Apologies to Mr. Freeze, no offense intended, but... don't get a clearsoft gun as your tech learning platform. This is a bad idea.
Those guns are much easier to gimp beyond repair than a proper full metal AEG with a decent mechbox, and the price difference is narrow enough that it's not worth cheaping out. You'll strip a threading or crack something much quicker, not to mention cheap clearsoft stuff (as mentioned above) has terrible tolerances and you'll be struggling with the WRONG LESSONS
instead of actually learning the fundamentals of compression, AoE, wiring, gears, shimming, motor height, neo motors vs. non-neo motors, etc. You'll be getting all the heartbreak without any of the wisdom. Just don't do it.
For those in here telling you to start with a cheap TM off the AV used market or something, that's an exception since you'll have excellent on-spec tolerances and can easily use a wide array of standard parts, all the way from cheap to expensive, and you're not as likely to crack or strip something if you're not forcing things (due to bad tolerances).
Seriously, don't waste your time working on "cheap" stuff. Note my choice of words, cheap doesn't always mean inexpensive. The bang for buck here is important
. The other thing you need to think about is what's easily available to find parts for. With non-AR guns and unknown-brand stuff, it's going to be harder.
Your best choice for learning how to be a mechbox hero is to buy the least expensive full metal AEG you can find - a King Arms M4 - and taking it from stock to amazing. With an AEG of this caliber you have very little chance of permanently screwing anything up that you can't repair, even the parts of the bolt release are available for cheap (the parts market in Canada has tons of super-inexpensive KA and SHS parts, these are both KA).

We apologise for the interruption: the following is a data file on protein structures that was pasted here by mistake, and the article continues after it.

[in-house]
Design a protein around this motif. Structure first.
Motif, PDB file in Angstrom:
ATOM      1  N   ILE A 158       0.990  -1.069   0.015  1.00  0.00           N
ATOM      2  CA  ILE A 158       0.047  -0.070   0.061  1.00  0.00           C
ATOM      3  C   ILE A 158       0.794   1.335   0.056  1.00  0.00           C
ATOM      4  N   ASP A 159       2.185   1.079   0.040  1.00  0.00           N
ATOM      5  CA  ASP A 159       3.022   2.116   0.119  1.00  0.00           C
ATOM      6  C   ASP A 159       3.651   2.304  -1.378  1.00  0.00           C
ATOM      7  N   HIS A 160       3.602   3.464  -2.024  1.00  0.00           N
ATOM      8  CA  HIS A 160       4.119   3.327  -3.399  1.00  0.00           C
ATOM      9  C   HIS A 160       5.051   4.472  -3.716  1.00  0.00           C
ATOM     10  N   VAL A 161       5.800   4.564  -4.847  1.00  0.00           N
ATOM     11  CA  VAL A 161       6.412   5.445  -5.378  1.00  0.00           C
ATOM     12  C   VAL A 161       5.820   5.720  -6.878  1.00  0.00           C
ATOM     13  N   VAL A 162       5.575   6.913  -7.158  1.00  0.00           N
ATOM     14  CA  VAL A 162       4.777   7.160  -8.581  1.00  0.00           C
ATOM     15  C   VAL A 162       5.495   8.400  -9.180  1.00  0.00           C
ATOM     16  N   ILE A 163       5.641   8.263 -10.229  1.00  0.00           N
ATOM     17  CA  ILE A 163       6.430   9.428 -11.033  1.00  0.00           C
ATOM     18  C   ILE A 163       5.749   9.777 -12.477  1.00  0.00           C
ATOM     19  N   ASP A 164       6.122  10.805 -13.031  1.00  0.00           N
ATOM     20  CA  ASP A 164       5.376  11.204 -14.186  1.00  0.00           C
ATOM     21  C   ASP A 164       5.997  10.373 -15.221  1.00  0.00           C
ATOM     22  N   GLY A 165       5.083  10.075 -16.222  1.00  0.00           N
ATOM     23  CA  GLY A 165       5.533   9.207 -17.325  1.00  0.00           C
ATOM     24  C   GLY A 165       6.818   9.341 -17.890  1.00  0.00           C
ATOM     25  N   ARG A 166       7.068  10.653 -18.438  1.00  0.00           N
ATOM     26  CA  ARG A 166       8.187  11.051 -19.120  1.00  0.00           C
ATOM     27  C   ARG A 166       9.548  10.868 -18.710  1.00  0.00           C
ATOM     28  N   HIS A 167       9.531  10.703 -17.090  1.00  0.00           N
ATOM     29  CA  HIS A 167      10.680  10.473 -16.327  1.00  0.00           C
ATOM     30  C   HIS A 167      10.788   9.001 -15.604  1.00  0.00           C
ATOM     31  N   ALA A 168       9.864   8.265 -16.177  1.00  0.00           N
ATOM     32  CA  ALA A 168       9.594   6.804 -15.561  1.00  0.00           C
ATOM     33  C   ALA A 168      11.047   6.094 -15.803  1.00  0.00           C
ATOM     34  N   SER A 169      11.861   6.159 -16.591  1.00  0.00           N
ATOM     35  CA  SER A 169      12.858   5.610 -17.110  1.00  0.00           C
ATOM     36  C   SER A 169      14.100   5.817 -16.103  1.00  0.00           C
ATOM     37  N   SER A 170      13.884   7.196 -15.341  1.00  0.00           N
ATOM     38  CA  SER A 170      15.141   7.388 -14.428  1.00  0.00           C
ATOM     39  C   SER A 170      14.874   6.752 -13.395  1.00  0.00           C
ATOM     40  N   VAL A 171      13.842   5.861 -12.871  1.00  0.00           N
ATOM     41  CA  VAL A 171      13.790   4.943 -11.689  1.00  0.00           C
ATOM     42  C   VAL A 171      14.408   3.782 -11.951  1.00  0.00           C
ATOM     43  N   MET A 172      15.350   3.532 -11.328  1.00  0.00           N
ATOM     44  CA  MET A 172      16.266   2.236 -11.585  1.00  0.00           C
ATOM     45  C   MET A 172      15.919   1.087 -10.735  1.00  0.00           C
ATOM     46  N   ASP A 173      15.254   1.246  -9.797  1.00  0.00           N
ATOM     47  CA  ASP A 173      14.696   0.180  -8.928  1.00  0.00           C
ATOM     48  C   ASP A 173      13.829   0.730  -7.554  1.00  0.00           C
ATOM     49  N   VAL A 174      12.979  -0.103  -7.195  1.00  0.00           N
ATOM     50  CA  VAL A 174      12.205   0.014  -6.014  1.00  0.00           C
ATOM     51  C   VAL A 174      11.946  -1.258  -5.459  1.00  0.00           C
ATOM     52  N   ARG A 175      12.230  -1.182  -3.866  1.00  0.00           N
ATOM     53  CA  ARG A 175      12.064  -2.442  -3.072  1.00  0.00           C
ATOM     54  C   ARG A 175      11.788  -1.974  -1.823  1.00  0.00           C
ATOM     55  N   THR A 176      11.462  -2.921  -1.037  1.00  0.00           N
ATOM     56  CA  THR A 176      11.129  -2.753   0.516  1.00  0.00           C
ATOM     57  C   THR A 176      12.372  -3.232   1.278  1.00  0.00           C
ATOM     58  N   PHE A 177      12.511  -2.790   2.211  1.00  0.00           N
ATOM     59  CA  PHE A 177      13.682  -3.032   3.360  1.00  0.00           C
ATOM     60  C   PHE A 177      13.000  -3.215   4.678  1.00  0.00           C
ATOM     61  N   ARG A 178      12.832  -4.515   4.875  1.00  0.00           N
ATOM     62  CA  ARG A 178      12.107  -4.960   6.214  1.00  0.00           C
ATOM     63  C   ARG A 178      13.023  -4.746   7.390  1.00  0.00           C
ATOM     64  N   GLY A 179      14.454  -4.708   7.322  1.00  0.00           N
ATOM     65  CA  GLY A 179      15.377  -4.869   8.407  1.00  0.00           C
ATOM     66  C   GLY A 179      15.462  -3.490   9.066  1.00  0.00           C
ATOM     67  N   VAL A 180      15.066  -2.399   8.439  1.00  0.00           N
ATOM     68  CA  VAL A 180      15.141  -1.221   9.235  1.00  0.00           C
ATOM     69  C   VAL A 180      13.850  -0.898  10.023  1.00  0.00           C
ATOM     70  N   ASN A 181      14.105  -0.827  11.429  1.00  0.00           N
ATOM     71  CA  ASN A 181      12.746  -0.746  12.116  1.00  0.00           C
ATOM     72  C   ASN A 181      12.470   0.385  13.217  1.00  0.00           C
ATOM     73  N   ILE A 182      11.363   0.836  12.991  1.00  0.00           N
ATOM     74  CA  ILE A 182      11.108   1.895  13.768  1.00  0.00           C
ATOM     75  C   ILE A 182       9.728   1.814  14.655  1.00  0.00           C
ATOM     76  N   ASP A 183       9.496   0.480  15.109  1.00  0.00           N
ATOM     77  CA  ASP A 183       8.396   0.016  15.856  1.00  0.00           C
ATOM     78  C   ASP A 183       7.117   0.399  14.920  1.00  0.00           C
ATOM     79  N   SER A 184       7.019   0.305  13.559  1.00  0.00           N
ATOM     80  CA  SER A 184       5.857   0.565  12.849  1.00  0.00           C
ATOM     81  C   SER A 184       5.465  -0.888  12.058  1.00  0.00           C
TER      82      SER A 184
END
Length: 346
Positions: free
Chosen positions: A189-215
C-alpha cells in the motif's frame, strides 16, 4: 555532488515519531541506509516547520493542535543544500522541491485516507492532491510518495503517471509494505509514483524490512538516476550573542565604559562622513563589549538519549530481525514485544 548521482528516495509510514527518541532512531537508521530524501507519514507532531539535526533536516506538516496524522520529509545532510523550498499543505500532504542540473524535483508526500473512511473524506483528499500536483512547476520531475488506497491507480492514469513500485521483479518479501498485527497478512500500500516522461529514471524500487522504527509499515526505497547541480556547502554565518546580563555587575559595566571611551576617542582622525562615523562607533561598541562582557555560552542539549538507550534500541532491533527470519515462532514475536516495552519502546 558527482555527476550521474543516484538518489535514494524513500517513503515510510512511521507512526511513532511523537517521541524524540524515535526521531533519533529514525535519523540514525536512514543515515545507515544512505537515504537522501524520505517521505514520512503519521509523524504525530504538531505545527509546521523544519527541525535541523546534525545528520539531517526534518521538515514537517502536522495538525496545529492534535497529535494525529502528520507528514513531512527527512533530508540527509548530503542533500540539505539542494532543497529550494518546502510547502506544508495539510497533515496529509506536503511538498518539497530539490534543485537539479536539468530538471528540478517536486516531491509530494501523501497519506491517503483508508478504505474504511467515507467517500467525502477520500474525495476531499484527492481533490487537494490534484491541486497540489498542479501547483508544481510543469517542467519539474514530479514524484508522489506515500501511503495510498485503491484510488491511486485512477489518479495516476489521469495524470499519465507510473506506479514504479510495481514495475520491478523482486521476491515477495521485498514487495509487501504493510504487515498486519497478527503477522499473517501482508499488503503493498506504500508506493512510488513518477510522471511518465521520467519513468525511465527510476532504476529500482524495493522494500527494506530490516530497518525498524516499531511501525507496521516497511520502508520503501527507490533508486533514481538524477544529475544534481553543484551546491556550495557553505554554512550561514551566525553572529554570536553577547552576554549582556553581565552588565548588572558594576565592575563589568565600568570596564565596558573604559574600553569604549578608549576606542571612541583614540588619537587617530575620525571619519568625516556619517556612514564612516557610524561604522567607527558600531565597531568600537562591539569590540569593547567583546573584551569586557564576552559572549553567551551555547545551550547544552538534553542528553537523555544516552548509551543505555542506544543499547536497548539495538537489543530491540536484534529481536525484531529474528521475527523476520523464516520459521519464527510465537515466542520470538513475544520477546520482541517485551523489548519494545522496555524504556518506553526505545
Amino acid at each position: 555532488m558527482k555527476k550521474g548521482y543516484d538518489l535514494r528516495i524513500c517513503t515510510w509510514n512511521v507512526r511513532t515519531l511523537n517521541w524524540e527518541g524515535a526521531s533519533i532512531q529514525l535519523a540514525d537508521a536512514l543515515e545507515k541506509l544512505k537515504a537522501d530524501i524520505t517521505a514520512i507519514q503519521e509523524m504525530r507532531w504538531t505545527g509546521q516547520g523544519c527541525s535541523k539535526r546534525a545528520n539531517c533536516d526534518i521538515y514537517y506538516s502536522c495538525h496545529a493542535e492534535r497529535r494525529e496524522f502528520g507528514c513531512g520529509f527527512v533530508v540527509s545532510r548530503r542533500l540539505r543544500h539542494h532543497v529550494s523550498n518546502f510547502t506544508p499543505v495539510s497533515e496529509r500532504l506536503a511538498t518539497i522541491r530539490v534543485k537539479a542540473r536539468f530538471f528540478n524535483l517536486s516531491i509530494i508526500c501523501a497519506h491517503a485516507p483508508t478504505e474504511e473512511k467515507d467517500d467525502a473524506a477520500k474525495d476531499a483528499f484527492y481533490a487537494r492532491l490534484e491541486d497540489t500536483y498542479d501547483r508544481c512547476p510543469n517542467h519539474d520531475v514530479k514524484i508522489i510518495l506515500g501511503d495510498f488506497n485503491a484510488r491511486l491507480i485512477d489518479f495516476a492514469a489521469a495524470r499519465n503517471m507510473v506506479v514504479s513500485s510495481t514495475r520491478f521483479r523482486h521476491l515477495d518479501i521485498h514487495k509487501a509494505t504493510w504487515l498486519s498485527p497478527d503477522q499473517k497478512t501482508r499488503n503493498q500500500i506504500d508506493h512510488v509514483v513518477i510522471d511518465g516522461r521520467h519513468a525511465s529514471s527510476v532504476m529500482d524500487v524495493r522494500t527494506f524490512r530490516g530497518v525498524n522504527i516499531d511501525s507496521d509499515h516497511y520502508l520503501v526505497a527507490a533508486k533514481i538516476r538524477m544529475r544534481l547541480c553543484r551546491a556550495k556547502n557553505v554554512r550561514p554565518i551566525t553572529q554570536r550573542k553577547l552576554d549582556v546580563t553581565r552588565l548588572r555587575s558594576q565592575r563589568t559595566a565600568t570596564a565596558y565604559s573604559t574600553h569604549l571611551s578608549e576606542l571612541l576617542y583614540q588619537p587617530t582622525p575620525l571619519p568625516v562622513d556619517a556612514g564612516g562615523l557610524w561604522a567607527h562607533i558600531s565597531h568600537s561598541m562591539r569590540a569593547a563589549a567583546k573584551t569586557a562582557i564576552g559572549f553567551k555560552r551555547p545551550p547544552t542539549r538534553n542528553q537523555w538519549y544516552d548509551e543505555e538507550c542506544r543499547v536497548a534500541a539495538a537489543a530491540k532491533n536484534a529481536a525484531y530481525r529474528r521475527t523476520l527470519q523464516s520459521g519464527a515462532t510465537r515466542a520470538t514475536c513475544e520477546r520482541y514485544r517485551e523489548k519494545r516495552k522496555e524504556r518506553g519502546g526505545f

and then following a rough lesson plan like:
1) Shimming and motor height (these go together like bread and butter) until the gun sounds perfect - the first thing to do on a stock gun.
2) Analyzing and adjusting angle of engagement with sorbo and/or washers and shaving piston teeth to reduce chance of piston engagement and shredding problems as you keep upgrading.
3) Testing compression system and improving it with better o-rings / Teflon / floss mod / lubrication / tappet plate mod / nozzle swap / etc.
4) Bushing swaps.
5) Piston swaps.
6) Troubleshooting misfeeds and problems with hopup, buckings, nubs.
7) Upgrading from Tamiya connectors to Deans, soldering bullet connectors to snake through the receiver-handguard gap.
8) Motor upgrade
You want to be learning the above lessons, not the lesson where you sit around JB welding a cracked part or the lesson where you need to sand down the interior of your gearbox shell because no aftermarket bushings work because the bushing holes are out of spec... etc